It can sometimes be a bit daunting working alongside people who are older and more experienced, but not only does Becky fit in she enjoys it. “The age difference doesn’t bother me, if anything I quite like it because you learn a lot from them and everyone’s really friendly and chatty.”
Becky, who lives in Leeds, is one of the house stewards. She was working once a week but plans to help out more often when the house re-opens next Spring. “Part of my job is to be able to tell people a bit about the room that they’re in and show them some artefacts and give them a bit of history.”
She accepts that volunteering isn’t for everyone especially if you’re working full time. “If you have quite a high pressure job like I did before, it can be hard to fit it in. But if you’re a student or you’re doing a Masters degree then it’s perfect. I found it difficult applying for jobs because I didn’t have the experience, so this is a way of becoming more eligible for those jobs.”
As long as you’re prepared to put the work in then volunteering can be a rewarding experience. “You have to be quite dedicated because you’re giving up your time. But I think if you treat it like a job then you get just as much from it. I feel I’ve learned as much from volunteering as I would have done if I’d been a house steward on the pay roll.”
Mary Storey is a fellow volunteer, albeit one from the other end of the age spectrum. The 80 year-old from Barnsley actually worked for the last owner for a couple of years before she died, staying one night a week at Brodsworth where Sylvia lived with a butler.
“I would come in off the bus from Barnsley and the bus driver would flash his lights for the estate manager to come and meet me by the church. He’d bring me up to the house where the butler would meet me. He was called George and I was told he used to work at Buckingham Palace.”
She has fond memories of working for Sylvia. “We got on like a house on fire. I remember one day I was standing at the top of the stairs and she said ‘what are you doing up there?’ And I said ‘I’d love to slide down this bannister.’ And she said, ‘well, cock your leg over then.’ So I did and slid all the way down.”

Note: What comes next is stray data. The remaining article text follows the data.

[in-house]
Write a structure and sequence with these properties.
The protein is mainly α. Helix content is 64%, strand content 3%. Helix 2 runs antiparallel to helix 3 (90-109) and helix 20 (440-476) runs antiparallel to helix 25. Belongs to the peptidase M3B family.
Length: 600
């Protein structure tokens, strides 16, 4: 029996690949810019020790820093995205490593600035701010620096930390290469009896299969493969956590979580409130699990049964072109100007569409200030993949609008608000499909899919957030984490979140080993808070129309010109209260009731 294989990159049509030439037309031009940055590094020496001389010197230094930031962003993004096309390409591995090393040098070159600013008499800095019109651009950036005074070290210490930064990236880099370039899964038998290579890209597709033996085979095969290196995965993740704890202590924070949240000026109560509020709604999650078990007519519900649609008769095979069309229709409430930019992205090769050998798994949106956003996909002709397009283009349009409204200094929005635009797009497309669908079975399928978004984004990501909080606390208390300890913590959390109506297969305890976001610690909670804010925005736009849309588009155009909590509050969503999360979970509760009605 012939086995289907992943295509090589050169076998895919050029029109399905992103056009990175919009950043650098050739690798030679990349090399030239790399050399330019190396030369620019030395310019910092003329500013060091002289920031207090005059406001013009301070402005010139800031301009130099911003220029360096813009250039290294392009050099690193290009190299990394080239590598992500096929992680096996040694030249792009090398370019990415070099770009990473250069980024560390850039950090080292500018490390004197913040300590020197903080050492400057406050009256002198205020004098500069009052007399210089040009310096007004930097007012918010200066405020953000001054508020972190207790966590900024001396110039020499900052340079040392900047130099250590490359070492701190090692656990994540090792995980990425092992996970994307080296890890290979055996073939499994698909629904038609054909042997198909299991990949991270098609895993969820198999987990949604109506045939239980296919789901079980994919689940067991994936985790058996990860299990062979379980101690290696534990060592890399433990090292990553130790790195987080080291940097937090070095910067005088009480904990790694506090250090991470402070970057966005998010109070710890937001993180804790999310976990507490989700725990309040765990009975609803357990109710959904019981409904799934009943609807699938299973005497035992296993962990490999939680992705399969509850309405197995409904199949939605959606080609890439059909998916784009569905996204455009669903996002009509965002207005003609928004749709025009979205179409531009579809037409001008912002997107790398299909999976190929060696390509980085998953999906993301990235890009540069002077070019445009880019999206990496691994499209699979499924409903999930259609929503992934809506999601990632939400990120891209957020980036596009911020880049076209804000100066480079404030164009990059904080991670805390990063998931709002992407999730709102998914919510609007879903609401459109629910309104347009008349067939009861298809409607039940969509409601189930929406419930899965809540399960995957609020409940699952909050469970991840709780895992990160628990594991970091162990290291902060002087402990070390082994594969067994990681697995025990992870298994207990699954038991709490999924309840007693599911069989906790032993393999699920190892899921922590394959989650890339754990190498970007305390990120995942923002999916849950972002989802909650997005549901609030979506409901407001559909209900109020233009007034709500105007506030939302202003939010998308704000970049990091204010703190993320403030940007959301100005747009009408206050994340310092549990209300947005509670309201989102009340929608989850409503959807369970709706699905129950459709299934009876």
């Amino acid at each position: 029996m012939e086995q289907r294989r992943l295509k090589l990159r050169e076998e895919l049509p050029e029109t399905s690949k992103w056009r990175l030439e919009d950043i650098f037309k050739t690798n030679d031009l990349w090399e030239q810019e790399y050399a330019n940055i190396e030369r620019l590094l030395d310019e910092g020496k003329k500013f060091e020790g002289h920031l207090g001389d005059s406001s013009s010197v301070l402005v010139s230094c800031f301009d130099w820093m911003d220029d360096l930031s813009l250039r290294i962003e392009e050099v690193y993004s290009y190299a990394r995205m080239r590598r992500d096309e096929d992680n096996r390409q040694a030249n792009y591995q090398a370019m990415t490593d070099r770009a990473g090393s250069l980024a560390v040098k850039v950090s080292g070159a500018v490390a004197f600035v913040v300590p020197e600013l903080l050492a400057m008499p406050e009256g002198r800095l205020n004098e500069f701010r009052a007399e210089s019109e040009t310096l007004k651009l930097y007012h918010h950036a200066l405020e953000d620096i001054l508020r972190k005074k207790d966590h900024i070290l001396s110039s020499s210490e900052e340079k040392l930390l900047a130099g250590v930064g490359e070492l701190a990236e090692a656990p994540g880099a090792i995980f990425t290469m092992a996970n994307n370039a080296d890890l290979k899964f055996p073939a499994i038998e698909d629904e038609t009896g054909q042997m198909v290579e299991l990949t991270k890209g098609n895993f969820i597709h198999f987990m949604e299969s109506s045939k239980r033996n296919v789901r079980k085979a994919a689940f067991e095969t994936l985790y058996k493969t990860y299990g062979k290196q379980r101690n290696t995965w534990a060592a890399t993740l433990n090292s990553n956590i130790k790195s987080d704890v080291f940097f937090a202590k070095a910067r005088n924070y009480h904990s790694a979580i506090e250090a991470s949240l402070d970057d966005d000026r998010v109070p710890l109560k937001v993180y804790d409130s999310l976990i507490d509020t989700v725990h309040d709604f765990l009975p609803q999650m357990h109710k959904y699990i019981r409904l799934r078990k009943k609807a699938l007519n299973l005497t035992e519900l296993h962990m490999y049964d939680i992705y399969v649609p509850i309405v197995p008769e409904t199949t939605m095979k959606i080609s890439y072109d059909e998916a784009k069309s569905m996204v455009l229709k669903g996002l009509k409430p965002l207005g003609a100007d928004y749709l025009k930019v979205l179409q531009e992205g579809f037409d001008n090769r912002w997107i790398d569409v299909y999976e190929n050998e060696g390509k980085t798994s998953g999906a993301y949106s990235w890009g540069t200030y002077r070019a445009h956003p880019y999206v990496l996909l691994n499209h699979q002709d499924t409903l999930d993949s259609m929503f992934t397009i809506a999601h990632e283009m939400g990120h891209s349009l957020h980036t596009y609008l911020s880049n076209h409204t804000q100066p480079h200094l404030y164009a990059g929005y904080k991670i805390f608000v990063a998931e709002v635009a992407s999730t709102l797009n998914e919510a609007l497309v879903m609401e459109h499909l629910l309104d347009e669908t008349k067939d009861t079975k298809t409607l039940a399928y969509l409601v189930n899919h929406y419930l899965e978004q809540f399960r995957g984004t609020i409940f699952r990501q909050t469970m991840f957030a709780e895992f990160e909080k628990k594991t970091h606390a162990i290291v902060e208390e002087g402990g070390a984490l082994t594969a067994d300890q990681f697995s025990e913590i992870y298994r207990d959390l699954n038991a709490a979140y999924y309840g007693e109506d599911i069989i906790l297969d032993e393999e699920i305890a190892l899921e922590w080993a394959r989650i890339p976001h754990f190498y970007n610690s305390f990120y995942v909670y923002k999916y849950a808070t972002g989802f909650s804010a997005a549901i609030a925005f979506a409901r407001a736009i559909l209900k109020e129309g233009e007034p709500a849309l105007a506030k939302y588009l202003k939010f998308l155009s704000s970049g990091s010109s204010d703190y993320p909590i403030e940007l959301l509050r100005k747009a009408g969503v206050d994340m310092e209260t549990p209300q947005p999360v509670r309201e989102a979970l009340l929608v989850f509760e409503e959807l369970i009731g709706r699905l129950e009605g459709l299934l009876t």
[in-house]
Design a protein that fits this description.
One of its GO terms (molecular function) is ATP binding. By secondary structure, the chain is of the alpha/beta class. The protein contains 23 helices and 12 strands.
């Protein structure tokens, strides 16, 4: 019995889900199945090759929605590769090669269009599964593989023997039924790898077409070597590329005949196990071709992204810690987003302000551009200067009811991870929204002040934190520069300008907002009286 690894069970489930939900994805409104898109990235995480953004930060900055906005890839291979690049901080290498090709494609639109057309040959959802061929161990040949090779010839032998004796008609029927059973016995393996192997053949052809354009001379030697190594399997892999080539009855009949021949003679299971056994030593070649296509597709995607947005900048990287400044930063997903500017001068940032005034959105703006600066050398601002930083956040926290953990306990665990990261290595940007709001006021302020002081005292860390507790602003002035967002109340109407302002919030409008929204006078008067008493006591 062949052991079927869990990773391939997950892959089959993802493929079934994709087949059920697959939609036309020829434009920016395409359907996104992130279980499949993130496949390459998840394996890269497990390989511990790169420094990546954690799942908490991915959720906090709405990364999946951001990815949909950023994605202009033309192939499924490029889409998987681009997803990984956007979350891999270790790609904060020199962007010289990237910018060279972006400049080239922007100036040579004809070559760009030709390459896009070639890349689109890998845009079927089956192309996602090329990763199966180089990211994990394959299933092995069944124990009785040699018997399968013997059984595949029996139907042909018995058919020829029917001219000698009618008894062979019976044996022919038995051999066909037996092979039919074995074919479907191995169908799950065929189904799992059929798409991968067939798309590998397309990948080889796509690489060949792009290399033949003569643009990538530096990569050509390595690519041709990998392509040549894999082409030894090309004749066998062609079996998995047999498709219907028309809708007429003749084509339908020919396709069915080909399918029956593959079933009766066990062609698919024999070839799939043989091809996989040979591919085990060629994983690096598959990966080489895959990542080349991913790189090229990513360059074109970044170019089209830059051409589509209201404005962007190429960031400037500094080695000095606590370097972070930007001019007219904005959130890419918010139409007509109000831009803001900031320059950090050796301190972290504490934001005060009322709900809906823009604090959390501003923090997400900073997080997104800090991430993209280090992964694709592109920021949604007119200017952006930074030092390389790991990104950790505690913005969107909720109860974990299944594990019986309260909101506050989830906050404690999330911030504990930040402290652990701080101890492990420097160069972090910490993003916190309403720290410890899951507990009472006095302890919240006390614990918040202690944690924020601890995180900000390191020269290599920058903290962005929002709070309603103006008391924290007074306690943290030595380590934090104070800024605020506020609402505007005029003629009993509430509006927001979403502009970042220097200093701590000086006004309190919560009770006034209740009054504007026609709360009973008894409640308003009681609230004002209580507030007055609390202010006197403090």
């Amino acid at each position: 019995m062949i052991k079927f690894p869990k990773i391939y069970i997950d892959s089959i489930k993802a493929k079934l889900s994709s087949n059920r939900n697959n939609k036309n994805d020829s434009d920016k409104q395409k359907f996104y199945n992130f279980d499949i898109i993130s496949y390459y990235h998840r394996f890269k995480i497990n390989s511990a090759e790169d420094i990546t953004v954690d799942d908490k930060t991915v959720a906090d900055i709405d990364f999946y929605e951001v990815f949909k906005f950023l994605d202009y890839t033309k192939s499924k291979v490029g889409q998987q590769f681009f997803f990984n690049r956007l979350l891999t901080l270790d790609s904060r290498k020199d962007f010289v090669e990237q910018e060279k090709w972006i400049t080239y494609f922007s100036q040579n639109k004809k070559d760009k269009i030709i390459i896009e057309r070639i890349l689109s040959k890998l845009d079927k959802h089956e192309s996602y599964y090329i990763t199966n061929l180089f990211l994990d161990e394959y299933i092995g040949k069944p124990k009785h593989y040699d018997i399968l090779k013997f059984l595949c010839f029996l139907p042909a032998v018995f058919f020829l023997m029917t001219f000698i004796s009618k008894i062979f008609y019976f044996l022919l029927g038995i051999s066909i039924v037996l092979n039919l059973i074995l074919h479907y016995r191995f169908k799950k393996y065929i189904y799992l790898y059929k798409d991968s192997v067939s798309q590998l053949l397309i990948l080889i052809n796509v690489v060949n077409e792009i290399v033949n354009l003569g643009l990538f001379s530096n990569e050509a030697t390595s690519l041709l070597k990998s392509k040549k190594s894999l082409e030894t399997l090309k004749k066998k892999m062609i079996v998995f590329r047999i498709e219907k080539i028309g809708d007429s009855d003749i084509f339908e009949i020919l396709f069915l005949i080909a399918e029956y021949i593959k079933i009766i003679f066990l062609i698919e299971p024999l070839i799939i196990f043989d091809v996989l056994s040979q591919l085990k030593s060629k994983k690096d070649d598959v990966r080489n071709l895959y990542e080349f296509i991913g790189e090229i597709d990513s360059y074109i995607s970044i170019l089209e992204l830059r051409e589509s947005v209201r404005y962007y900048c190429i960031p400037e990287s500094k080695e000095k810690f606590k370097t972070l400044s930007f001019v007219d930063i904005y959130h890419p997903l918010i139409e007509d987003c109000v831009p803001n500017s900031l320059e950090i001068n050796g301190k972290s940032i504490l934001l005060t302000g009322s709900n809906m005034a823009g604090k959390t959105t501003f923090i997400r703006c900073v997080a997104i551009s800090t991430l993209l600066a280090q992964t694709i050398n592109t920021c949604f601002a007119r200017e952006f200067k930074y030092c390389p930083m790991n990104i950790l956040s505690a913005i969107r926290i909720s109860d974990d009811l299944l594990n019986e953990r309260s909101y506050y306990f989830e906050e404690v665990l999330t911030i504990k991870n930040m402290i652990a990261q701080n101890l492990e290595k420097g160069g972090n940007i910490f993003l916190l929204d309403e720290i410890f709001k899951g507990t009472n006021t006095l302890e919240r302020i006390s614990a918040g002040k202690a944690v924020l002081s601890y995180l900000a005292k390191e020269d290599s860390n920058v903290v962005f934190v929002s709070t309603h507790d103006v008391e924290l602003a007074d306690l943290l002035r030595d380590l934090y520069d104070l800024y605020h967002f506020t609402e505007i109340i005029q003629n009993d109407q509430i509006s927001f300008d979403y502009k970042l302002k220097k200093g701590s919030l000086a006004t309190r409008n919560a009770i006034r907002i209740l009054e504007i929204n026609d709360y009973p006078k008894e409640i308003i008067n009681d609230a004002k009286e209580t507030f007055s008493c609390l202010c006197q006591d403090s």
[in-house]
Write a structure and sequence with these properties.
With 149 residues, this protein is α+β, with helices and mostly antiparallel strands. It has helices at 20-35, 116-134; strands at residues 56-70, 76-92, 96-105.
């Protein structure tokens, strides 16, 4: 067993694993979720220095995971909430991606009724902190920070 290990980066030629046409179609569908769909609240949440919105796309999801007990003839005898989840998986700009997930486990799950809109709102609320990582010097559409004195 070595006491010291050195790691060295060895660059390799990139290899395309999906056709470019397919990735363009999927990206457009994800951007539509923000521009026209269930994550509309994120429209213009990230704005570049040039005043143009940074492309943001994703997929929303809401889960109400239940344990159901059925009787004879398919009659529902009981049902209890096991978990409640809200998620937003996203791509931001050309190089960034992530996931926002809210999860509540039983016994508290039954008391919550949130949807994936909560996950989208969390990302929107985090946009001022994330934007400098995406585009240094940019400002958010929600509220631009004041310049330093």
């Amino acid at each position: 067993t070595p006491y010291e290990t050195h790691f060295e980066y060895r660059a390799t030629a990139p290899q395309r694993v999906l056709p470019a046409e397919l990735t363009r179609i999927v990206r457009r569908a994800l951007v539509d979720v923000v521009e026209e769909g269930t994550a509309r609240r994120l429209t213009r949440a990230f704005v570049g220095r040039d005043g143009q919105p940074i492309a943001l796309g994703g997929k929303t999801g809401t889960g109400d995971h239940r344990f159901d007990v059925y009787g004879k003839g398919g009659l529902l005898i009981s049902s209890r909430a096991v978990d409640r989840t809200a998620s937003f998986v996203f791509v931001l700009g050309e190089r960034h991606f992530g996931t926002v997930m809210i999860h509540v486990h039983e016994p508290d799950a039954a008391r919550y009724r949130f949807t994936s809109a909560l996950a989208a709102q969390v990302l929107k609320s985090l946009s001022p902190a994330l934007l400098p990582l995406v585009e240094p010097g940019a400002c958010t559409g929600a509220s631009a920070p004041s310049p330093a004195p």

In winter, though, the shivering stately pile was a little less enjoyable. “It was absolutely freezing. She used to go to bed in just a nightgown and a bed spread and I’d go in pyjamas, dressing gown, socks and scarf. One night I had seven army blankets and Sylvia said ‘are you going out? And I said ‘I don’t know if I’m going out or coming in, I’m freezing.’ But she didn’t seem to notice.”
Years later, after Sylvia died, Mary returned to Brodsworth with her family. “We went into Sylvia’s dressing room and I said to my daughter ‘oh, my bed’s gone’ and the steward in the room heard me and I explained that I used to work here. So she went off and came back with Peter, who used to be in charge, and he said ‘right, you can start work on Saturday.’ No interview or anything,” she says, laughing.
That was 16 years ago and she’s been a volunteer ever since, charming the visitors with her wonderful evocative stories. “I always volunteer for Sylvia’s room because that was my room,” she says.
Volunteering has given her a chance to return to a place she holds dear to her heart. “Me and Gloria just hit it off so to come back as a volunteer was just a dream come true for me. You meet all kinds of different people and everyone’s kind to each other, it’s just a lovely atmosphere.”
For more information about how to become a volunteer go to www.english-heritage.org.uk/caring/get-involved/volunteering
The volunteer heritage army
1,200 English Heritage volunteers, currently helping at over 37 sites.
22 per cent of those volunteers come from the North and they do everything from garden tours and stewarding, to education and research.
16 per cent of those 1,200 volunteers work at Brodsworth, some volunteering since the late 90s when the hall was taken over and opened to the public by English Heritage.
Brodsworth did have the highest number of volunteers in the country until earlier this month, when Kenwood House in London re-opened. It is now looking for 20-25 new garden volunteers.
New volunteer programme at Conisbrough Castle in Yorkshire will begin in April 2014.